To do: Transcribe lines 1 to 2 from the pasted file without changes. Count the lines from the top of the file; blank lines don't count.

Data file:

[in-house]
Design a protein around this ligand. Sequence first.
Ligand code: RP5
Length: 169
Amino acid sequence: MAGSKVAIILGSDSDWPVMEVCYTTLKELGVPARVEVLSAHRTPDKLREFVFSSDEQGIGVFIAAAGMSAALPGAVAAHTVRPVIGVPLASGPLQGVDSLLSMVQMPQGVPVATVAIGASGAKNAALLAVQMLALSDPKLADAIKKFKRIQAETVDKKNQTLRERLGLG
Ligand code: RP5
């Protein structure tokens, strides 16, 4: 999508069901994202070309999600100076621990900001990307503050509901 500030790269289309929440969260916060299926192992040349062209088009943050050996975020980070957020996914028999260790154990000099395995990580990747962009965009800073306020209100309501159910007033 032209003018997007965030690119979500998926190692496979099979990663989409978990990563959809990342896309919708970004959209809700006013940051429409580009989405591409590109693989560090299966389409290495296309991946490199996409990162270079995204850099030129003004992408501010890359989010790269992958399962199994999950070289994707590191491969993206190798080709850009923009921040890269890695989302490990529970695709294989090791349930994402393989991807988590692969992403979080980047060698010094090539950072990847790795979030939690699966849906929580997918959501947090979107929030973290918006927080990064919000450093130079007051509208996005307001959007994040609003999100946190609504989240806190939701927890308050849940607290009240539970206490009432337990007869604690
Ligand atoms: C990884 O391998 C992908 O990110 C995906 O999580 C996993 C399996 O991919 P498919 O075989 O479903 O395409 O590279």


[in-house]
Design a protein around this ligand. Sequence first.